A study of 126,966 people, conducted in Germany, found that 80 percent of those surveyed felt that their family life had improved because of applying the BibleÂbased teachings found in the publications of Jehovah’s Witnesses.41 An independent survey conducted in France in 1998 found that “98 percent of Jehovah’s Witnesses consider that their faith has led them to a rather harmonious life and to the respect of laws.”42 Similarly, an article in the Finnish newspaper Keskisuomalainen expressed the conclusion that the homes of Jehovah’s Witnesses are “a firm stronghold of peace and love.”43 And a researcher from a Canadian university concluded: “Jehovah’s Witnesses experience greater success than members of other denominations in maintaining stable marital unions.”44
To help counteract the high divorce rate in Russia, Jehovah’s Witnesses have made efforts to produce and distribute free copies of the book Making Your Family Life Happy and The Secret of Family Happiness . They have left millions of these books in Russianhomes and helped many people to improve their family “life” by studying the Bible principles highlighted in these books.
Indeed, numerous real-life examples demonstrate that the teachings and activities of Jehovah’s Witnesses are a force for good in family life. When people study the Bible and sincerely try to apply what it says, families are strengthened, personalities are improved, and mistakes are avoided. “I would like to thank you for your invaluable and lifesaving work,” wrote reader G. Y. of the Republic of Bashkortostan in a letter to the Administrative Center for Jehovah’s Witnesses in Russia. “Thank you for the publications, which kept my family from falling apart.”45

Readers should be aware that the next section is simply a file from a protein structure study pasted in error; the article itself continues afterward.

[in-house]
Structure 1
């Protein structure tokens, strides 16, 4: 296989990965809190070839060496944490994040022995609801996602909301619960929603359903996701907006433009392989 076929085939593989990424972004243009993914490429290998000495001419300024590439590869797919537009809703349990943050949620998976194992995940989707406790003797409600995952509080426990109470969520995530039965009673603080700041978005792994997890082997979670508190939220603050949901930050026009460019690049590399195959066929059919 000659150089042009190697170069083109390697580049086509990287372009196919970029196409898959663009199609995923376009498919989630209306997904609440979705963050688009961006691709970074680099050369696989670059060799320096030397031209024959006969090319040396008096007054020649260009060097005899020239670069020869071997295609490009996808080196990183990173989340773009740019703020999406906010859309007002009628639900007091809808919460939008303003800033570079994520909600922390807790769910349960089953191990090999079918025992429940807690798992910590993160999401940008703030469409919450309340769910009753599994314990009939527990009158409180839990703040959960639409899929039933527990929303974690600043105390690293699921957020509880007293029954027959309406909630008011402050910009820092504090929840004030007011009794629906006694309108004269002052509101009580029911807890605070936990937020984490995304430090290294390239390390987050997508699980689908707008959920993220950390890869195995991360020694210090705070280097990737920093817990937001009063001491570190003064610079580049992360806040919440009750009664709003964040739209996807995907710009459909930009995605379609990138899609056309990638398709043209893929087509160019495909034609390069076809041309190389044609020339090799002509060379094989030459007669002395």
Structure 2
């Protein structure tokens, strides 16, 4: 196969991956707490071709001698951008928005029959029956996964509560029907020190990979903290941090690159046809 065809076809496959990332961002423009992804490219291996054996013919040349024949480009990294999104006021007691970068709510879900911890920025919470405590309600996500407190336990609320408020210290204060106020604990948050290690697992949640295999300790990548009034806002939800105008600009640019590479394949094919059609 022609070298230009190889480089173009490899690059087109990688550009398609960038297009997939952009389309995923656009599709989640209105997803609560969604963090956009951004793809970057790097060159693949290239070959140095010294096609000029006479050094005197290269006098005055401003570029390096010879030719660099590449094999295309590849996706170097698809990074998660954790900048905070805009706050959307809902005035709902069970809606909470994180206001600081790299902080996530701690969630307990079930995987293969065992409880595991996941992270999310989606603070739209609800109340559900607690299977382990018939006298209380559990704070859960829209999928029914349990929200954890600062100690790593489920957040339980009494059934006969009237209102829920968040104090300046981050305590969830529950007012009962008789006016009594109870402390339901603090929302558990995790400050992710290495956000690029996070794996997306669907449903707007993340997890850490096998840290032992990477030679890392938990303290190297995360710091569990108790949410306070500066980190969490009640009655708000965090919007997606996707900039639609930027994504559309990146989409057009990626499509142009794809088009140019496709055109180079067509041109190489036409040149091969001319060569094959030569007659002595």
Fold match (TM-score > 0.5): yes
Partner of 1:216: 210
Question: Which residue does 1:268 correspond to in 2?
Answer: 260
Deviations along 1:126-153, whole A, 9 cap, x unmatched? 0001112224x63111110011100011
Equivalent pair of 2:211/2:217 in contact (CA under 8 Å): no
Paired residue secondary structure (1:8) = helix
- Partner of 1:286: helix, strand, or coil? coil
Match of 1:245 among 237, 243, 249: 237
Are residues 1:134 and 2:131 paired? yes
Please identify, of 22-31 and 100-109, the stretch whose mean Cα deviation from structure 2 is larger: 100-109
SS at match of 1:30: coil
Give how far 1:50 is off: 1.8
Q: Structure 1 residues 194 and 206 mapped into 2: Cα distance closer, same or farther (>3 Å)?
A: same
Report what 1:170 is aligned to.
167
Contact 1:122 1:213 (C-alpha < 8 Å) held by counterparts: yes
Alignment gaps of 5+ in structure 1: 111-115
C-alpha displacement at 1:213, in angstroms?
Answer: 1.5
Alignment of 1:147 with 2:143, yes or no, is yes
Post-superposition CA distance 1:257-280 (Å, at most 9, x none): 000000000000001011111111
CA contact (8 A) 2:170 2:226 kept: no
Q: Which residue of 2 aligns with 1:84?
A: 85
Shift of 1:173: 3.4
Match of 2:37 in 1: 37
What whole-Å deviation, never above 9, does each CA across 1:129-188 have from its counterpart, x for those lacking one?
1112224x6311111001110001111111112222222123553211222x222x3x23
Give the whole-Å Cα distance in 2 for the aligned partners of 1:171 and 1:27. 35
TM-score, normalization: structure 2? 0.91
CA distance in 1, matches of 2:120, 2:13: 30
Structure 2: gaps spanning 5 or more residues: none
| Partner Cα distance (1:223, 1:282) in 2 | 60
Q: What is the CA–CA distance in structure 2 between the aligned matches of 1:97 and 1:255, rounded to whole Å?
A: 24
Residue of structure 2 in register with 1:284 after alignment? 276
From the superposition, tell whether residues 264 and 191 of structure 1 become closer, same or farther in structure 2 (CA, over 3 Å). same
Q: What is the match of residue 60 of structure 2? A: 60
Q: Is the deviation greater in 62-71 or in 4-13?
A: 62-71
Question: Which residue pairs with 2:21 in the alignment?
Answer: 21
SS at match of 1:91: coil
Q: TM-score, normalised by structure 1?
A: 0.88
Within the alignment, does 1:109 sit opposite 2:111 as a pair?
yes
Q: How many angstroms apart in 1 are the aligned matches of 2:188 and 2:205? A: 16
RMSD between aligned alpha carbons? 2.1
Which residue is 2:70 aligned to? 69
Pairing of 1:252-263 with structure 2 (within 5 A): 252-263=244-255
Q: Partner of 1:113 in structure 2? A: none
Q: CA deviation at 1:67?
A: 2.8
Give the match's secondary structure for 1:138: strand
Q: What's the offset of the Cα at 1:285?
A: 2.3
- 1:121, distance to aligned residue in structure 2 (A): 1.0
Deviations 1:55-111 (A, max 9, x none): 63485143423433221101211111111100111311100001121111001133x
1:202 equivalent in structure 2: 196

Despite these facts, the experts claim that: “Jehovah’s Witnesses place family relationships as subordinate to membership in the congregation” and that this has a destructive influence on family life.—Composite Expert Opinion, p. 10.
Whether they are religiously oriented or not, all responsible parents in Russia try to raise their children according to their own moral standards and in harmony with the constitution. To achieve that, Jehovah’s Witnesses instill in their children such values as honesty, love of neighbor, and tolerance. However, parental training goes beyond that. The Family Codex of the Russian Federation states: “Parents are responsible for the training and development of their children. They are obligated to care for the health, the physical, psychological, spiritual, and moral development of their children.” (Article 63, Pt. 1)46 Instilling spiritual, or religious, values thus also forms a rightful part of parental education.
Jehovah’s Witnesses take this aspect of parental education seriously. In doing so, they do not differ from God-fearing parents who adhere to other religions. Wrote Professor Bryan R. Wilson: “Naturally, parents who believe that they have discovered precious truth in accordance with which to organize their lives, desire fervently to pass that truth onto their children. They desire to educate those children into the beliefs and practices from which they consider themselves to have benefited.”47